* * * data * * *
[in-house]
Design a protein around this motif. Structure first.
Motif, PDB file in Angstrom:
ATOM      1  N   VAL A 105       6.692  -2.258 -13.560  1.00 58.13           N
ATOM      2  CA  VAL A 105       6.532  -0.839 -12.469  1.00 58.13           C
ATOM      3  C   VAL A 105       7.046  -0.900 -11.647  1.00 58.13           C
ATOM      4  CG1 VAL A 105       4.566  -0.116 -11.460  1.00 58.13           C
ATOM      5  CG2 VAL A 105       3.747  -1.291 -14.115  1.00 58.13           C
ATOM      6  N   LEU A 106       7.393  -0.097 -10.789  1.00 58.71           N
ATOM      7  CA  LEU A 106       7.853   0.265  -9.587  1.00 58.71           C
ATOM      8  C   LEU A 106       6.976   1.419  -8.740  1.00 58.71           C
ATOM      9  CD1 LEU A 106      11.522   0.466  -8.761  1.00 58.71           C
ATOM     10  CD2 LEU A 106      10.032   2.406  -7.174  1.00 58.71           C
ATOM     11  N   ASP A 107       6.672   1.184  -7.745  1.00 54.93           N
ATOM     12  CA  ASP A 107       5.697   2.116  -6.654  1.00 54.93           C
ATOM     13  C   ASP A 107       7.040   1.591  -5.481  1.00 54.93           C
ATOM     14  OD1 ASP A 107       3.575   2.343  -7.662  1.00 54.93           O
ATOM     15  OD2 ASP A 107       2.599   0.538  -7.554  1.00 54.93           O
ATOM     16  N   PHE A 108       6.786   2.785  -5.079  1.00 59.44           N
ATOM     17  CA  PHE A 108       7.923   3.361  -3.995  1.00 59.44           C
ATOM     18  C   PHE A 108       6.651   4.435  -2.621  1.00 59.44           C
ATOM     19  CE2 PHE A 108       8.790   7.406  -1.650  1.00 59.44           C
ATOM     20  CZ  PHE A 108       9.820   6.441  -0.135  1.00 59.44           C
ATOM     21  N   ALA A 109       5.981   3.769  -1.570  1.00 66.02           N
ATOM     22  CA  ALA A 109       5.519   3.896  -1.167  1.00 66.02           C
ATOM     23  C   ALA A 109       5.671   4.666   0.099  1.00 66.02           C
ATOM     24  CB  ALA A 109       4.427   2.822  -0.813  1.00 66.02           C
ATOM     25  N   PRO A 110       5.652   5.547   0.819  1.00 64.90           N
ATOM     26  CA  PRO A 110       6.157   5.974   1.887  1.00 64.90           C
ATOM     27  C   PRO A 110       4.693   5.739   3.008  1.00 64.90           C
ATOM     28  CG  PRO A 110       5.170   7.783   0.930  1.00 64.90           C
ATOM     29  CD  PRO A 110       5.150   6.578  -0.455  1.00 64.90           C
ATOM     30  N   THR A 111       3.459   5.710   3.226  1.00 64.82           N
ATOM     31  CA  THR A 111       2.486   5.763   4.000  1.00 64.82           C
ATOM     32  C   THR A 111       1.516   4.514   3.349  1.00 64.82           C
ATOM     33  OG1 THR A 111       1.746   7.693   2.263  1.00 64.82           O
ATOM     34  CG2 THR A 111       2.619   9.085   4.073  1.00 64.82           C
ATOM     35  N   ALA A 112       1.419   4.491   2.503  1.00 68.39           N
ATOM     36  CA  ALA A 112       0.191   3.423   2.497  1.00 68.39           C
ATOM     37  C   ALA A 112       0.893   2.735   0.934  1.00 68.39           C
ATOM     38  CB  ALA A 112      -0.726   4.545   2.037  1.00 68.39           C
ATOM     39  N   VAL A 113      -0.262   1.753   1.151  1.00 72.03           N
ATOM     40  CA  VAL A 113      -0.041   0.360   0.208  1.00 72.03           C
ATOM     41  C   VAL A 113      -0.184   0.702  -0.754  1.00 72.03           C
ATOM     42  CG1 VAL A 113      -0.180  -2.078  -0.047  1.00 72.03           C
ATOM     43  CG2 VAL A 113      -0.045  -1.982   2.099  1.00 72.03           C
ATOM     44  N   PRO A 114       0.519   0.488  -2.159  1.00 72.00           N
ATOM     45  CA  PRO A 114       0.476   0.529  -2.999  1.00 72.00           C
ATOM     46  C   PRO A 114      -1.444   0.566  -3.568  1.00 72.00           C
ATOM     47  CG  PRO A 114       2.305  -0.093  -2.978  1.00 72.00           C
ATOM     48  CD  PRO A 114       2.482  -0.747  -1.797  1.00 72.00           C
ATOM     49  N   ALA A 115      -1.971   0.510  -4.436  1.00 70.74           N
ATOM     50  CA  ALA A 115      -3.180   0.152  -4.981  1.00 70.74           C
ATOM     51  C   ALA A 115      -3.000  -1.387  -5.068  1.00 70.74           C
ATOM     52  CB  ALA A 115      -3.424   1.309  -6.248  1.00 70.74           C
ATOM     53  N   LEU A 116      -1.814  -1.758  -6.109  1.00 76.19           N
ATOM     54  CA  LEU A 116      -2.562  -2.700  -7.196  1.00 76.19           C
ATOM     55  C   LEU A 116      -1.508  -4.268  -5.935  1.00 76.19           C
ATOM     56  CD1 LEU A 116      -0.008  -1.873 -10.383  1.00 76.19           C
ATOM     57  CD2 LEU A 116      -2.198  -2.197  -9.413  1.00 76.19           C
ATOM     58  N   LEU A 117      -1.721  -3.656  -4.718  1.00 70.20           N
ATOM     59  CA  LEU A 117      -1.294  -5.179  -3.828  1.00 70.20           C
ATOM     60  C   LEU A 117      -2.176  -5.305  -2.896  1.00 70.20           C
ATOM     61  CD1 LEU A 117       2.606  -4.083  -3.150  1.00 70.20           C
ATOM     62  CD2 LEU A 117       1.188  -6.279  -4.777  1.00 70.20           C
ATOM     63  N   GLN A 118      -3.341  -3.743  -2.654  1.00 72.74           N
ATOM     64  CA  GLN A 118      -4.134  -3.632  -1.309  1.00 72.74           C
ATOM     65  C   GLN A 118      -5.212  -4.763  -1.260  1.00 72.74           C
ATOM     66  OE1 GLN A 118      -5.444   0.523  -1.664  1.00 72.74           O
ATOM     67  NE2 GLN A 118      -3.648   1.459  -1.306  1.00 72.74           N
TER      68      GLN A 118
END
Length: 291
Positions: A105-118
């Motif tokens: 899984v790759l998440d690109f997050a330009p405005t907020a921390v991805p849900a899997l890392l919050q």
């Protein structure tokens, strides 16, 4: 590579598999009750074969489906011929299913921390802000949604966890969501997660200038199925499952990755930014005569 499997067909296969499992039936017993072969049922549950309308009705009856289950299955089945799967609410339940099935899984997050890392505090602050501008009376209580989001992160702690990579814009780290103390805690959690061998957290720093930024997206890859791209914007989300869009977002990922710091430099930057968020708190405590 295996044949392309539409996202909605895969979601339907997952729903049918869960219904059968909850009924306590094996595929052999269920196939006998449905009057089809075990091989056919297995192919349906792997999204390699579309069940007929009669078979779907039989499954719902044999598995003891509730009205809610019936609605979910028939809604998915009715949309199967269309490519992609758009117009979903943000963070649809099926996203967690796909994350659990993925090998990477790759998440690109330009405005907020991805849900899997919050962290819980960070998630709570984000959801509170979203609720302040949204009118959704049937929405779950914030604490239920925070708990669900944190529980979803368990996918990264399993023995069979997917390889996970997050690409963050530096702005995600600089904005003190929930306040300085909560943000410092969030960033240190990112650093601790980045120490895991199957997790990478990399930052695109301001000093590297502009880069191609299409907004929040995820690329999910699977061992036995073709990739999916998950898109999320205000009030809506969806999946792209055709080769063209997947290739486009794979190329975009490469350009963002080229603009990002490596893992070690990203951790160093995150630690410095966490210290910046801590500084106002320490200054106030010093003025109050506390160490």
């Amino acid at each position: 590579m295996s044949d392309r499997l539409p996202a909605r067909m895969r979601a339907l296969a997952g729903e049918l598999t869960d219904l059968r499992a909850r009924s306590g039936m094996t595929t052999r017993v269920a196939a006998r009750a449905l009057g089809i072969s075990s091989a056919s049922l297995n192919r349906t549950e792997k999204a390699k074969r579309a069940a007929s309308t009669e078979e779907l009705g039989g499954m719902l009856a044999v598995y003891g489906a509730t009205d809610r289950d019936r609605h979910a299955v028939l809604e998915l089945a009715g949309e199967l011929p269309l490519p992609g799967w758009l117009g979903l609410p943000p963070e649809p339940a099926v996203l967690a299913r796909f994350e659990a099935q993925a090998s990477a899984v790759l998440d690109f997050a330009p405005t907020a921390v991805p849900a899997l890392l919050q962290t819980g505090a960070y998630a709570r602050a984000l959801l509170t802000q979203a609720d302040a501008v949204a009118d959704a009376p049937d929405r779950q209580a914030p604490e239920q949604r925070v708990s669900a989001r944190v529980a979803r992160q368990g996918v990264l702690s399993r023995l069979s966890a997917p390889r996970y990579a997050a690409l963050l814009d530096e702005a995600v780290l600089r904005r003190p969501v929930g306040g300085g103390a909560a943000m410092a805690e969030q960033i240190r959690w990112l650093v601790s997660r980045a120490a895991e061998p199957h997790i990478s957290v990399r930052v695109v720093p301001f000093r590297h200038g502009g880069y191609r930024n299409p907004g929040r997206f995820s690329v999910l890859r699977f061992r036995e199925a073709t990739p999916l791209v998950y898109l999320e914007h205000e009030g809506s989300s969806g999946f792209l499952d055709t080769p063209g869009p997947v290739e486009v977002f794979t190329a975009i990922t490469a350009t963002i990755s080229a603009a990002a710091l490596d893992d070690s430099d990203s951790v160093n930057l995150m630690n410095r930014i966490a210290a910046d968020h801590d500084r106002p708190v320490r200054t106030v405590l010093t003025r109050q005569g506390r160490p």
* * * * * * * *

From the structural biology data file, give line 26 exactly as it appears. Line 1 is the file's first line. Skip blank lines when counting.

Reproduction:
ATOM     23  C   ALA A 109       5.671   4.666   0.099  1.00 66.02           C